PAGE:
Abstract: This paper examines the relationship between drinking and academic performance for high school students in 2001 and 2003 Youth Risk Behavior Survey (YRBS) data. In particular, we attempt to determine the extent to which the observed negative association between alcohol use and grades reflects correlated unobserved factors rather than a true causal impact of drinking. Taking advantage of the abundant information the YRBS collects on behaviors that are potentially related with both drinking and academic performance, we estimate regressions that successively add proxies for risk and time preference, mental health and self-esteem, along with measures of other substances used. Results indicate that although estimated effects of drinking on grades are substantially reduced in magnitude when these additional covariates are included, they typically remain significantly negative. The impact on the extensive margin is over twice as large for binge drinking than for non-binge drinking, and binge drinking also has intensive margin effects that non-binge drinking does not. Drinking-related grade reductions are larger among those who are more risk averse and future-oriented. An absence of effects on outcomes with which drinking is likely associated in a non-causal way provides further support for our interpretation of the coefficient estimates as causal effects.
    JEL: I1 I2
    Date: 2005–01
  8. By: Sven Wilson; Joseph Burton; Benjamin Howell
    Abstract: Using data from Union Army pensioners and from the National Health Interview Surveys, we estimate that work-disability among white males aged 45-64 was 3.5 times as high in the late 19th century than at the end of the 20th century, including a decline and flattening of the age-profile since 1970. We present a descriptive model of disability that can account for a) the secular decline in prevalence; b) changes in slope of the age-profile; and c) periods of increasing prevalence. The high level and relatively flat slope of the historical disability age-profile is consistent with the early onset of chronic conditions and with high mortality associated with a subset of those conditions. We show that many common conditions in the 19th century have been either eliminated, delayed to later ages, or rendered less disabling by treatment innovations and the transformation of the workplace. These improvements have swamped the effect of declining mortality, which put upward pressure on disability prevalence. Given the low rate of mortality prior to age 65, technological changes will likely induce further reductions in work-disability, though recent increases in the prevalence of asthma and obesity may eventually work against this trend.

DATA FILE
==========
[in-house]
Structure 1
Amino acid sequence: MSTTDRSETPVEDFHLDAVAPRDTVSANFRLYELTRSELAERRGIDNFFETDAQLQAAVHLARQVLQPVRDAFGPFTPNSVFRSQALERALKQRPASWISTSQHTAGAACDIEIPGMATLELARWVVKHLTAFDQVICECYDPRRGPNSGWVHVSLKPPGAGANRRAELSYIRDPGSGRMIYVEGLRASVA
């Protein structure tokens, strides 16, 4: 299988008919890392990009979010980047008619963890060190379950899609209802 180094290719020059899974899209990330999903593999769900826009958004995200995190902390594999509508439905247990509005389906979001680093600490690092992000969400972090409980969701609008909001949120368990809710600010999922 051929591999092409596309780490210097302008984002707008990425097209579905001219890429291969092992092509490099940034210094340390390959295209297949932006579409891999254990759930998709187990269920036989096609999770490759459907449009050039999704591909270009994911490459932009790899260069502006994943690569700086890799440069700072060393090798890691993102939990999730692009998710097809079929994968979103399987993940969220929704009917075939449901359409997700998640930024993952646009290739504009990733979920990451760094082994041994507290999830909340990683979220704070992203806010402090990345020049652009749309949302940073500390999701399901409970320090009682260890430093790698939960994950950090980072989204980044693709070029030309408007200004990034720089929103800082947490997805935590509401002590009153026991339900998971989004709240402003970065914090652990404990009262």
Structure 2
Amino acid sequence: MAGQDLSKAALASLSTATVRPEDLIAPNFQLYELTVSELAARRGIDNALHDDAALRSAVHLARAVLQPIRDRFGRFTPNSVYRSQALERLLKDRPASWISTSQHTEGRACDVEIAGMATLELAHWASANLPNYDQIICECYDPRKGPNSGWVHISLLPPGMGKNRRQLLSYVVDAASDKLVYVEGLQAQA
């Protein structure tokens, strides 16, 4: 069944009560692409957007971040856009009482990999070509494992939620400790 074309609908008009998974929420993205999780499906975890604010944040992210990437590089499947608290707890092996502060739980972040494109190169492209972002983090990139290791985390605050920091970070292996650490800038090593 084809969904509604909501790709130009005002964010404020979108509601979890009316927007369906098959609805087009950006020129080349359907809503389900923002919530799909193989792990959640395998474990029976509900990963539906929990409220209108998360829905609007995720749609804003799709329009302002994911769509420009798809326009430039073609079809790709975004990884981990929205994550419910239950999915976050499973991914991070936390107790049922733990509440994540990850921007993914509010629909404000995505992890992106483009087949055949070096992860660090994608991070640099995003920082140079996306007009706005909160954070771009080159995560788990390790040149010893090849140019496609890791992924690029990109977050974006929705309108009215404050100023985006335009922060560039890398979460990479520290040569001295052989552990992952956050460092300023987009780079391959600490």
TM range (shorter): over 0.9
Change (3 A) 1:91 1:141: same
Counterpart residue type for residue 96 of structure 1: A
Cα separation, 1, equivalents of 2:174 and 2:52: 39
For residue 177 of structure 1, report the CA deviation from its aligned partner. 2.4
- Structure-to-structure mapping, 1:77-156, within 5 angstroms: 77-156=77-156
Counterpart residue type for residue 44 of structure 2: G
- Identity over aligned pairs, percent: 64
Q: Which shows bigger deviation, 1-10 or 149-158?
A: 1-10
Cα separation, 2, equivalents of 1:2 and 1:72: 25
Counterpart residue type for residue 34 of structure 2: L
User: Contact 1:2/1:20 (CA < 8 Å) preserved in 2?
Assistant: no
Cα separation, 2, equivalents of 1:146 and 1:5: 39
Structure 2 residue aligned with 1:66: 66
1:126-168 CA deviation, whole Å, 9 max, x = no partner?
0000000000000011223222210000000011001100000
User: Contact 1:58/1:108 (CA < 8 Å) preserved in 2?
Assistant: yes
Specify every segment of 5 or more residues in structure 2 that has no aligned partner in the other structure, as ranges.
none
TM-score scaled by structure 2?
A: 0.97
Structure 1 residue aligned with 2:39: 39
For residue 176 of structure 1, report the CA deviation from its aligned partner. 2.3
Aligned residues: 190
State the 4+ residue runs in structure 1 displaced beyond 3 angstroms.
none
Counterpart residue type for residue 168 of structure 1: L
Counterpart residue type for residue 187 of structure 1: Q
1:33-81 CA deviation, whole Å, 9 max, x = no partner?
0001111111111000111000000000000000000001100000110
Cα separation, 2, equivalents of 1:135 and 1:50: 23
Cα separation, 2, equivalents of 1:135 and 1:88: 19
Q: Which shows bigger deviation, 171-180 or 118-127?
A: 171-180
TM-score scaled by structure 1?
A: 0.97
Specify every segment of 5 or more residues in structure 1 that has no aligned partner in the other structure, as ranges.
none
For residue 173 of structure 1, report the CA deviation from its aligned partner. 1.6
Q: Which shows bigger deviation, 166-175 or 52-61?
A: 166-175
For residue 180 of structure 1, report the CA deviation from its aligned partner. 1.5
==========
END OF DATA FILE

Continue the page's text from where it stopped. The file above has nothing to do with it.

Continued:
JEL: I12
    Date: 2005–01
  9. By: Cristina Hernandez-Quevedo; Andrew M Jones; Nigel Rice
    Abstract: This paper explores reporting bias and heterogeneity in the measure of self-assessed health (SAH) used in the British Household Panel Survey (BHPS). The ninth wave of the BHPS includes the SF-36 general health questionnaire, which incorporates a different wording to the self-assessed health variable used at other waves. Considerable attention has been devoted to the reliability of SAH and the scope for contamination by measurement error; the change in wording at wave 9 provides a form of natural experiment that allows us to assess the sensitivity of panel data analyses to a change in the measurement instrument. In particular, we investigate reporting bias due explicitly to the change in the question. We show how progressively more general specifications of reporting bias can be implemented using panel data ordered probit and generalised ordered probit models. Our results suggest that the distribution of SAH does shift at the ninth wave but there is little evidence that this varies with socio-economic characteristics at an individual level.
    Keywords: self-assessed health; reporting bias; ordered probit; generalised ordered probit; panel data
    JEL: I12 C23